#             tracker: Tracker,
#             domain: Dict[Text, Any]) -> List[Dict[Text, Any]]:
#         dispatcher.utter_message(text="Hello World!")
#         return []

Explanation of the code:

  • The ActionHelloWorld class extends the Action class provided by the rasa_sdk.
  • The name method defines the name of the custom action, which in this case is “action_hello_world”.
  • The run method is where the logic for the custom action is implemented.
  • Within the run method, the dispatcher object is used to send a message back to the user. In this example, the message sent is “Hello World!”.
  • The return [] statement indicates that the custom action has completed its execution.

File: endpoints.yml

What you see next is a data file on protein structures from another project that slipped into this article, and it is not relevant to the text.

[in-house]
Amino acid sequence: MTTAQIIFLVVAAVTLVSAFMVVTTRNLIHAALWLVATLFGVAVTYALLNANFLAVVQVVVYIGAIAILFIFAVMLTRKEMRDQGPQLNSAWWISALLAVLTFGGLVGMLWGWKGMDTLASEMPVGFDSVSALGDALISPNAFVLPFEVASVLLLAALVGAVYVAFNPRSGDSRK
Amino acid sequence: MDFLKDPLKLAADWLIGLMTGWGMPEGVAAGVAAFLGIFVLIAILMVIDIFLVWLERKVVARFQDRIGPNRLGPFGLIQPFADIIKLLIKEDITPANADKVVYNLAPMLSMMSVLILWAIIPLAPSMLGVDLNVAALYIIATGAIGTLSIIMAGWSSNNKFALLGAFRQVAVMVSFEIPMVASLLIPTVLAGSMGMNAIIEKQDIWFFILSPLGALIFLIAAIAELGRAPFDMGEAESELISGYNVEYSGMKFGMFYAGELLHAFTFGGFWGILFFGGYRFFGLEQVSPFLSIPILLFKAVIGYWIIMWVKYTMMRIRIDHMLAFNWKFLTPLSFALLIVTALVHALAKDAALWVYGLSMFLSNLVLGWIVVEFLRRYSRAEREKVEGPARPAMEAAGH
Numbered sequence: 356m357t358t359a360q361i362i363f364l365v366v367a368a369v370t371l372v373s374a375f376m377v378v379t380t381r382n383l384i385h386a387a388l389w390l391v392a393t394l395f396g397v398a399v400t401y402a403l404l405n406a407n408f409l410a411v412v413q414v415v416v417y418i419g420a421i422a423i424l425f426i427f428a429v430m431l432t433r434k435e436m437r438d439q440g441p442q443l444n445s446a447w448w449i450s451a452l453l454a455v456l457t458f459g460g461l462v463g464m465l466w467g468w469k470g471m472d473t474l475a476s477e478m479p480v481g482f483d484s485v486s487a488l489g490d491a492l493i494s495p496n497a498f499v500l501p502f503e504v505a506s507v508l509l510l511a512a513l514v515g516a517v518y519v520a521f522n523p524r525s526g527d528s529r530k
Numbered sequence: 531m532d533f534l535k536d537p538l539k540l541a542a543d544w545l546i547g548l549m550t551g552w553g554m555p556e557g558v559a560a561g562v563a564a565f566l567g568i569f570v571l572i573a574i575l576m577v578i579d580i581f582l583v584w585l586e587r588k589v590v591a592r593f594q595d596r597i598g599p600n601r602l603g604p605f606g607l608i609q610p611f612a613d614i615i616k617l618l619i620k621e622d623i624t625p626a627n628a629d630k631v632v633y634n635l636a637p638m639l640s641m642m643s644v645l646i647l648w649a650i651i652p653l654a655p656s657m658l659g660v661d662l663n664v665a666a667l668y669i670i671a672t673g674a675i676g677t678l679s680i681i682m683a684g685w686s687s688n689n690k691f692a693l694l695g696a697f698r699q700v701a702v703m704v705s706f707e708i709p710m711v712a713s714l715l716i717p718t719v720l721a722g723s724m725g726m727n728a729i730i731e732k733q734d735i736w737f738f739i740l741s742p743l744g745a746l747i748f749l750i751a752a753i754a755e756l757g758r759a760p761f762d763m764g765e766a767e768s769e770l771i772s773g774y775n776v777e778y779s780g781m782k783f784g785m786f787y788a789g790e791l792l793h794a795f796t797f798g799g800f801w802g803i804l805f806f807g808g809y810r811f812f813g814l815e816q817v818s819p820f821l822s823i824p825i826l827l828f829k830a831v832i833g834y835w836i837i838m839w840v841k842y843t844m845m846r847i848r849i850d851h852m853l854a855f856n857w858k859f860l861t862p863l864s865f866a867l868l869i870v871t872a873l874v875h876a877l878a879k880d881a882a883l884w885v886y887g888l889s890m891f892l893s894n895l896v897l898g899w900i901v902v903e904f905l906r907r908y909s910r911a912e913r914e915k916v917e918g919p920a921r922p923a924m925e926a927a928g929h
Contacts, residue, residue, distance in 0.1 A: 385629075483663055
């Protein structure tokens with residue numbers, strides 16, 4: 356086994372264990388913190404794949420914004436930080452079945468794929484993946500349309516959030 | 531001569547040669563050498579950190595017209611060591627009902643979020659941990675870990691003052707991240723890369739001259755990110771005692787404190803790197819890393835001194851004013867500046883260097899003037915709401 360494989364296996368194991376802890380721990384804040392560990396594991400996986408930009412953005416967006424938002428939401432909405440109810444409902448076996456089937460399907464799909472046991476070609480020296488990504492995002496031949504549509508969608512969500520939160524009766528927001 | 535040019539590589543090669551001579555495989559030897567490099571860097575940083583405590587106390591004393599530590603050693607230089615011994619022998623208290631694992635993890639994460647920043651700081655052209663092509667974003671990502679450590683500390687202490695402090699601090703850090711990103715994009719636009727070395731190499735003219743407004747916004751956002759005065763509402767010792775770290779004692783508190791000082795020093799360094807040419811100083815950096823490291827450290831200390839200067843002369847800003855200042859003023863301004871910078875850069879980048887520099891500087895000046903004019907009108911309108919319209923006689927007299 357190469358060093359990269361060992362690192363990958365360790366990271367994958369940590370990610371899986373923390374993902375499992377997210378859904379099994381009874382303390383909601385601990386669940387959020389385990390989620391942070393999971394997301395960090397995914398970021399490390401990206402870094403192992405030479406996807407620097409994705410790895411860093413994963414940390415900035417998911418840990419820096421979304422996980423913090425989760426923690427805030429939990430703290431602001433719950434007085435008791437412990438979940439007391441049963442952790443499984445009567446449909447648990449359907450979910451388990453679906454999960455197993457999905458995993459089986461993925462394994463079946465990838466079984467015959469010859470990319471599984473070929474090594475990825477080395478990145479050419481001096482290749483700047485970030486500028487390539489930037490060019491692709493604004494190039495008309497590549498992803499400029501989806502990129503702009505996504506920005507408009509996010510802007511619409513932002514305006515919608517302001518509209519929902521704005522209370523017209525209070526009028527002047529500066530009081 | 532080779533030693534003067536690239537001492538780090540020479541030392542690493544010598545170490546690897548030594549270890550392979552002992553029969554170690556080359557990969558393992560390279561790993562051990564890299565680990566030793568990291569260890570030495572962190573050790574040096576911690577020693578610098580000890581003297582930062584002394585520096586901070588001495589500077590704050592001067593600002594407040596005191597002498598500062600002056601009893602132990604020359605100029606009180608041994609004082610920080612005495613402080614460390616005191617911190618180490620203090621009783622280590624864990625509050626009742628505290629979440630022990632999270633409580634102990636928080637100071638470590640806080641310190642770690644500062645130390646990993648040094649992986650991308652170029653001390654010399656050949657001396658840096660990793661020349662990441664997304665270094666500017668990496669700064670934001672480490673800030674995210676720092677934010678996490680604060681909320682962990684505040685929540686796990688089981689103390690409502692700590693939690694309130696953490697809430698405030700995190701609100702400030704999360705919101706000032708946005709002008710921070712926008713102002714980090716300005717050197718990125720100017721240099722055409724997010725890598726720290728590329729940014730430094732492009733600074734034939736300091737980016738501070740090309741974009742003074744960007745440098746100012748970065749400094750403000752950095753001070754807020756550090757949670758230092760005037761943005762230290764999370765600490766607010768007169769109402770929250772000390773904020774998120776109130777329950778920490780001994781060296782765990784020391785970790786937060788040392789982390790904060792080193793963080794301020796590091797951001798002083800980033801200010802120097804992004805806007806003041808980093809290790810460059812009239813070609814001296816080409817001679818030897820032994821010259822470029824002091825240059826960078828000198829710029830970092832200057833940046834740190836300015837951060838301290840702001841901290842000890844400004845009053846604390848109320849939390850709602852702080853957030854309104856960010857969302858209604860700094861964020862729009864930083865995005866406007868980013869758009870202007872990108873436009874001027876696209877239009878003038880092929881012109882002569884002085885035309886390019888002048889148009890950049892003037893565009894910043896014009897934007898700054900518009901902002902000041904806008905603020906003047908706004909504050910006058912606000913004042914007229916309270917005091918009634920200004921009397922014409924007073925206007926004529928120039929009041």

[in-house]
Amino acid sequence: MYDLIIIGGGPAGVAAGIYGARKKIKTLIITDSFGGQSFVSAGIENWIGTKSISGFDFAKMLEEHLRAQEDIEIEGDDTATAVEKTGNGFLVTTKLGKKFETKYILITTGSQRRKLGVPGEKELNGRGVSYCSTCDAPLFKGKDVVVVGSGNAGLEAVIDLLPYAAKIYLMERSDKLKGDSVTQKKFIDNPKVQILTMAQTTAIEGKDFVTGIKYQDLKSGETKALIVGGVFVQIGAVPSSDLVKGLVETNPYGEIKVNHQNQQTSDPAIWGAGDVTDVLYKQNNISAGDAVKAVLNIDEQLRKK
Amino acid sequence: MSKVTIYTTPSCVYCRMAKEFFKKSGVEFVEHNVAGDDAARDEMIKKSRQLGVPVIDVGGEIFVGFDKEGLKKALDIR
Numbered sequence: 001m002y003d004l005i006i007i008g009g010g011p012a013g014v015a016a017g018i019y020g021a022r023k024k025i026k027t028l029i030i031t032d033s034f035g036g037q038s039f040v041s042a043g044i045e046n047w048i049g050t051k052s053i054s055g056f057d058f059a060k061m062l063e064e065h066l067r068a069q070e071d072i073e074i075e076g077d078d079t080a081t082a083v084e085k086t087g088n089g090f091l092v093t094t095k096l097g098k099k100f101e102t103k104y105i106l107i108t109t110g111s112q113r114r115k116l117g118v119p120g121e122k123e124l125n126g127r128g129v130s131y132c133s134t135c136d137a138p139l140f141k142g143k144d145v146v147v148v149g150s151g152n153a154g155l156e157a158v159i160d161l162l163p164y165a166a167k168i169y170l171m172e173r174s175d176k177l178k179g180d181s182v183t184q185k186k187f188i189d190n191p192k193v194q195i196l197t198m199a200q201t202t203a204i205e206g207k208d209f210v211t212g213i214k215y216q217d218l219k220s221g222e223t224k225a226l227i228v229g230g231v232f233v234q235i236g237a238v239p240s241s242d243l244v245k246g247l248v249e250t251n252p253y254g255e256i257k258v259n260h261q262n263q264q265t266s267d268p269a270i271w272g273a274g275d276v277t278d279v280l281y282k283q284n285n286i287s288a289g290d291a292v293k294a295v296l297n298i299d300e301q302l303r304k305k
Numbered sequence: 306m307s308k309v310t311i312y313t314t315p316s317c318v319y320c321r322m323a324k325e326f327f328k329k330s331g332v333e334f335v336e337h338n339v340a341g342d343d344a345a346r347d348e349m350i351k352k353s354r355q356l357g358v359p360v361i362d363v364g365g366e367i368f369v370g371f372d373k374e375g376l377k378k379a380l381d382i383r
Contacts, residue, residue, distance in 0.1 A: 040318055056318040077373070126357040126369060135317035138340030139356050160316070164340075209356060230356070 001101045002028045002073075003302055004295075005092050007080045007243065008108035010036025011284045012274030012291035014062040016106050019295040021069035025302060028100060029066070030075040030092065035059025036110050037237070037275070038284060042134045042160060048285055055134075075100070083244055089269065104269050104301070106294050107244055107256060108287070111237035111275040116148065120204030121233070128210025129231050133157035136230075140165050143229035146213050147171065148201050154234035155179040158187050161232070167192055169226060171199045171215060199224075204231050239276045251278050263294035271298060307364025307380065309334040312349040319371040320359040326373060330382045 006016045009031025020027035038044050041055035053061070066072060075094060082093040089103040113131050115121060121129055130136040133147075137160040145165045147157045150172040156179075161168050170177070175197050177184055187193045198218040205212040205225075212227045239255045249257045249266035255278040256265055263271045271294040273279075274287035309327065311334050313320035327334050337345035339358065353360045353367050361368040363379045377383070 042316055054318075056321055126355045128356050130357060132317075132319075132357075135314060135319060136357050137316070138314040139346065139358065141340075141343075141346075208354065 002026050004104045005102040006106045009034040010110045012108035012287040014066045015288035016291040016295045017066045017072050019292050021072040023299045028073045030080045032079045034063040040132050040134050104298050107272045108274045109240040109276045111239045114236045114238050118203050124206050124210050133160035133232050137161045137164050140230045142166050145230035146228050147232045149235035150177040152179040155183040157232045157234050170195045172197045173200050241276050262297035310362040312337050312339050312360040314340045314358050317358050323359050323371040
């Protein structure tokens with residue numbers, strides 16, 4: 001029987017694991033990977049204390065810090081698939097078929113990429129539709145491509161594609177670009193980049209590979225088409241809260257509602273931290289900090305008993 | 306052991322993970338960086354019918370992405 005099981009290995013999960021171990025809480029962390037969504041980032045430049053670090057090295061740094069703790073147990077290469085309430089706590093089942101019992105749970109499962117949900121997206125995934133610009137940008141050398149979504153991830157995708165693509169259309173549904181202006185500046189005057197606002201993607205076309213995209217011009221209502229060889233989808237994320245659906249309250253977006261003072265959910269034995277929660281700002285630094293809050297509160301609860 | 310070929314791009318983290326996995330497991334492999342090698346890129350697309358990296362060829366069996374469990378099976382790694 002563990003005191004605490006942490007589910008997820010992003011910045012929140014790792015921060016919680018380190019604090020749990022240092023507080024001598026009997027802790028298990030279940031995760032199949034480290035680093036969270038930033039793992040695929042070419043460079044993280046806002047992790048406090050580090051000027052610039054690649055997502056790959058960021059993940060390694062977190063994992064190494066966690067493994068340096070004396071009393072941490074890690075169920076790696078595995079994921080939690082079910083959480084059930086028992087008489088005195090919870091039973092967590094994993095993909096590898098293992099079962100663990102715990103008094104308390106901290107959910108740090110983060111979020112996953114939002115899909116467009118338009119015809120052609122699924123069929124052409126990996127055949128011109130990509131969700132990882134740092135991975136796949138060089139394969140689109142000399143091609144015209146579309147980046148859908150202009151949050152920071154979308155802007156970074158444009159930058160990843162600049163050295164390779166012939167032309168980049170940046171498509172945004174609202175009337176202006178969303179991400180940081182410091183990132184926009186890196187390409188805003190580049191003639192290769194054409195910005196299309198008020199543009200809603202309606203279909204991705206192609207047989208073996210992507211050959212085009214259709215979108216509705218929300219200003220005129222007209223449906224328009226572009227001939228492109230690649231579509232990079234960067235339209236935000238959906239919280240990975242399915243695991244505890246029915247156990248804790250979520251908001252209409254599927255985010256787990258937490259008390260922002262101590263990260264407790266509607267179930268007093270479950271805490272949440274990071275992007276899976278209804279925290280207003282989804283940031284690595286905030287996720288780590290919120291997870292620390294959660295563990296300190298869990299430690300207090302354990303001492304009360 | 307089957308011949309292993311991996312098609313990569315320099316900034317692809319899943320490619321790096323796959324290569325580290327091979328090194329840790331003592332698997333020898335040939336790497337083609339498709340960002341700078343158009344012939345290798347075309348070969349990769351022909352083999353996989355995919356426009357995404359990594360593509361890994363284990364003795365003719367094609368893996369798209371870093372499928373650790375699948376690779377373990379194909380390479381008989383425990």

The endpoints for your chatbot are specified in this file, including any external services or the webhook URL for any custom actions.  

Initializing Rasa

This command initializes a new Rasa project in the current directory ($(pwd)):

docker run  -p 5005:5005 -v $(pwd):/app rasa/rasa:3.5.2 init --no-prompt

It sets up the basic directory structure and creates essential files for a Rasa project, such as config.yml, domain.yml, and data/nlu.yml. The -p flag maps port 5005 inside the container to the same port on the host, allowing you to access the Rasa server. <IMAGE>:3.5.2 refers to the Docker image for the specific version of Rasa you want to use.

Training the model

The following command trains a Rasa model using the data and configuration specified in the project directory:

docker run -v $(pwd):/app rasa/rasa:3.5.2 train --domain domain.yml --data data --out models